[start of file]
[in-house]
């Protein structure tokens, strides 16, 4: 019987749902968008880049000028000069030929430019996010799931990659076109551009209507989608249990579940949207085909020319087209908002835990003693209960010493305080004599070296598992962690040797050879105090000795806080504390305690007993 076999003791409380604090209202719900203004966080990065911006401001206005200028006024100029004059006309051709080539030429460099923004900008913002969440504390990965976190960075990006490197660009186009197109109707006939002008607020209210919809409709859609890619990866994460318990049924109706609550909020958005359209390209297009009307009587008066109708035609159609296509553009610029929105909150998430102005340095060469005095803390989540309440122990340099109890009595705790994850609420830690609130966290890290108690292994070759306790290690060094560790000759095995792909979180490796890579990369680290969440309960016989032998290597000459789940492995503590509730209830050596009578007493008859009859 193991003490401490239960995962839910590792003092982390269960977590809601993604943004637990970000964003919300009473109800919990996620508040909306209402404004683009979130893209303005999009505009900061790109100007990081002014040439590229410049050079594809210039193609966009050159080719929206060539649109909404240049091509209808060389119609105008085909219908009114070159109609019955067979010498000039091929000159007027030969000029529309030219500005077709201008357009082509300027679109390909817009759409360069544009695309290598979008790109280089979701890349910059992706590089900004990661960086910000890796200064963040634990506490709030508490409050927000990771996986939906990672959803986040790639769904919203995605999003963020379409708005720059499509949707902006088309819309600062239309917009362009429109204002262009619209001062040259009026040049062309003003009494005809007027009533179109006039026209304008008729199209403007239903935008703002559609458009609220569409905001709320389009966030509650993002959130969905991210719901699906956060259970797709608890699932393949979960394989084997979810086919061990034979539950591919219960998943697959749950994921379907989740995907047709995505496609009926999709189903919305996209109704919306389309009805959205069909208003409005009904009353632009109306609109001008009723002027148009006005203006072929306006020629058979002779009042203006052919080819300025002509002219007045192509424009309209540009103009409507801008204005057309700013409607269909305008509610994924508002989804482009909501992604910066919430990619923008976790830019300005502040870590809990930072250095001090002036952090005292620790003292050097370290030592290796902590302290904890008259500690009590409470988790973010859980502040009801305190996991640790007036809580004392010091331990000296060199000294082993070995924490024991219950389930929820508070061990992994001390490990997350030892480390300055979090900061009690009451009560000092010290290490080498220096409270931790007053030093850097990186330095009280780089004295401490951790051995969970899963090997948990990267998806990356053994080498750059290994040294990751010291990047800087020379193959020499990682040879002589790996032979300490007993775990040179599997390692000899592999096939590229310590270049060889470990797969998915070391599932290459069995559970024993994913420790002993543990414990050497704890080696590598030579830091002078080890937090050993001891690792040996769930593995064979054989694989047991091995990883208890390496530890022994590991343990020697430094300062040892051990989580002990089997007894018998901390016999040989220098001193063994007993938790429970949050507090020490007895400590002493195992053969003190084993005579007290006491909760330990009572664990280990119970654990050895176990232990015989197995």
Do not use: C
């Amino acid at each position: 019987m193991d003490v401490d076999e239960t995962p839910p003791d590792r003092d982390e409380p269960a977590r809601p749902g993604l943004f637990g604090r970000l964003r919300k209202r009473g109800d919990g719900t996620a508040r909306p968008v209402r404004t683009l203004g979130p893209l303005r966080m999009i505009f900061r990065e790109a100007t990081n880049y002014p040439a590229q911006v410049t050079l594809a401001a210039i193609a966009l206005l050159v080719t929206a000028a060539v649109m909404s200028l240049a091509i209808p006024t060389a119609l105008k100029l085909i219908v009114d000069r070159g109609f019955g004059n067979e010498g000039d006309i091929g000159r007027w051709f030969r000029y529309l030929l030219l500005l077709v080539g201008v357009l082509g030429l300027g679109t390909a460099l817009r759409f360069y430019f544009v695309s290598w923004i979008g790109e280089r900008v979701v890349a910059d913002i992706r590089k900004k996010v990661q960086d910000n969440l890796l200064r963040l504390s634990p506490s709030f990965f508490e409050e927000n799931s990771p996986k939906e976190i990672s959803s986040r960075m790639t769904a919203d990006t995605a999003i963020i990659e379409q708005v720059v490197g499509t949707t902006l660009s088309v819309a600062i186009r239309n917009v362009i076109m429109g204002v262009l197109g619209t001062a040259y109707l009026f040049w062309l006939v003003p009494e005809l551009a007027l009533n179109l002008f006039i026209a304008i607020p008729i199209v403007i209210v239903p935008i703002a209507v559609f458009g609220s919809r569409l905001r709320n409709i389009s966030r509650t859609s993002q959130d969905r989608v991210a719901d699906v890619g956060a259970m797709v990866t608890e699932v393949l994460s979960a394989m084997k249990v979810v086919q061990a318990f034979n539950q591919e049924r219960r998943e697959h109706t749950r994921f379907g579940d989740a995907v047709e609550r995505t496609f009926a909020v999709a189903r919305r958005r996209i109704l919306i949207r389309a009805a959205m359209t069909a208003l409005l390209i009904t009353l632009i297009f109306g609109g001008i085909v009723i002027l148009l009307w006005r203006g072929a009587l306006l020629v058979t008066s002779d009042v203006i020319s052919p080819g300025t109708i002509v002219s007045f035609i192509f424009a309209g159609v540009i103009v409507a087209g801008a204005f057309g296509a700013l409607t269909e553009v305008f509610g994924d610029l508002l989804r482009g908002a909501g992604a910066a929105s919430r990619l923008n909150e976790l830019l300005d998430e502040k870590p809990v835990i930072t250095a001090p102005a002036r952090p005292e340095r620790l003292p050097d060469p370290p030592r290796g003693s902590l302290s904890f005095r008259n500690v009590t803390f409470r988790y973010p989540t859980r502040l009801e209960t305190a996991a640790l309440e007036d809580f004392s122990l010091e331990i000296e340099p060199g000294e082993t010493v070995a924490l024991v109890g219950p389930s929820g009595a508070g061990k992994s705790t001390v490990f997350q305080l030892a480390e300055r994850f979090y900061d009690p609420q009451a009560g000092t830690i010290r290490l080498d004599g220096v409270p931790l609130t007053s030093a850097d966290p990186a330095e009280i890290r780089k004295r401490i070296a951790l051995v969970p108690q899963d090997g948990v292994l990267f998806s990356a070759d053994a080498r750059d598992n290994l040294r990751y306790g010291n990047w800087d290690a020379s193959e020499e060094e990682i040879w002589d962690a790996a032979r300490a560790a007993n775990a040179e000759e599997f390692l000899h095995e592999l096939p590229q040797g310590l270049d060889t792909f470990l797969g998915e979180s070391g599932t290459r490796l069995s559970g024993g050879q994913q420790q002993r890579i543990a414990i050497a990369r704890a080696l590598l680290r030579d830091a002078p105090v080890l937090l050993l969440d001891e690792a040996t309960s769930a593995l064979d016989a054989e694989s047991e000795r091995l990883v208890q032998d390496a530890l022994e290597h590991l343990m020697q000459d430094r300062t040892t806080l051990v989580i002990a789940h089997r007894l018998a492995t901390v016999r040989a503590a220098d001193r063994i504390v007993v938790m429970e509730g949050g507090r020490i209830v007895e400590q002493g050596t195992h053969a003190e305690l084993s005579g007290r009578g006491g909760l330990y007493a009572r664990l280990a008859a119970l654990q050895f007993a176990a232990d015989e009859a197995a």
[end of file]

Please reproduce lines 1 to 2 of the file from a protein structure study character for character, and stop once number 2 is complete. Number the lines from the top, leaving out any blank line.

[in-house]
């Protein structure tokens, strides 16, 4: 019987749902968008880049000028000069030929430019996010799931990659076109551009209507989608249990579940949207085909020319087209908002835990003693209960010493305080004599070296598992962690040797050879105090000795806080504390305690007993 076999003791409380604090209202719900203004966080990065911006401001206005200028006024100029004059006309051709080539030429460099923004900008913002969440504390990965976190960075990006490197660009186009197109109707006939002008607020209210919809409709859609890619990866994460318990049924109706609550909020958005359209390209297009009307009587008066109708035609159609296509553009610029929105909150998430102005340095060469005095803390989540309440122990340099109890009595705790994850609420830690609130966290890290108690292994070759306790290690060094560790000759095995792909979180490796890579990369680290969440309960016989032998290597000459789940492995503590509730209830050596009578007493008859009859 193991003490401490239960995962839910590792003092982390269960977590809601993604943004637990970000964003919300009473109800919990996620508040909306209402404004683009979130893209303005999009505009900061790109100007990081002014040439590229410049050079594809210039193609966009050159080719929206060539649109909404240049091509209808060389119609105008085909219908009114070159109609019955067979010498000039091929000159007027030969000029529309030219500005077709201008357009082509300027679109390909817009759409360069544009695309290598979008790109280089979701890349910059992706590089900004990661960086910000890796200064963040634990506490709030508490409050927000990771996986939906990672959803986040790639769904919203995605999003963020379409708005720059499509949707902006088309819309600062239309917009362009429109204002262009619209001062040259009026040049062309003003009494005809007027009533179109006039026209304008008729199209403007239903935008703002559609458009609220569409905001709320389009966030509650993002959130969905991210719901699906956060259970797709608890699932393949979960394989084997979810086919061990034979539950591919219960998943697959749950994921379907989740995907047709995505496609009926999709189903919305996209109704919306389309009805959205069909208003409005009904009353632009109306609109001008009723002027148009006005203006072929306006020629058979002779009042203006052919080819300025002509002219007045192509424009309209540009103009409507801008204005057309700013409607269909305008509610994924508002989804482009909501992604910066919430990619923008976790830019300005502040870590809990930072250095001090002036952090005292620790003292050097370290030592290796902590302290904890008259500690009590409470988790973010859980502040009801305190996991640790007036809580004392010091331990000296060199000294082993070995924490024991219950389930929820508070061990992994001390490990997350030892480390300055979090900061009690009451009560000092010290290490080498220096409270931790007053030093850097990186330095009280780089004295401490951790051995969970899963090997948990990267998806990356053994080498750059290994040294990751010291990047800087020379193959020499990682040879002589790996032979300490007993775990040179599997390692000899592999096939590229310590270049060889470990797969998915070391599932290459069995559970024993994913420790002993543990414990050497704890080696590598030579830091002078080890937090050993001891690792040996769930593995064979054989694989047991091995990883208890390496530890022994590991343990020697430094300062040892051990989580002990089997007894018998901390016999040989220098001193063994007993938790429970949050507090020490007895400590002493195992053969003190084993005579007290006491909760330990009572664990280990119970654990050895176990232990015989197995």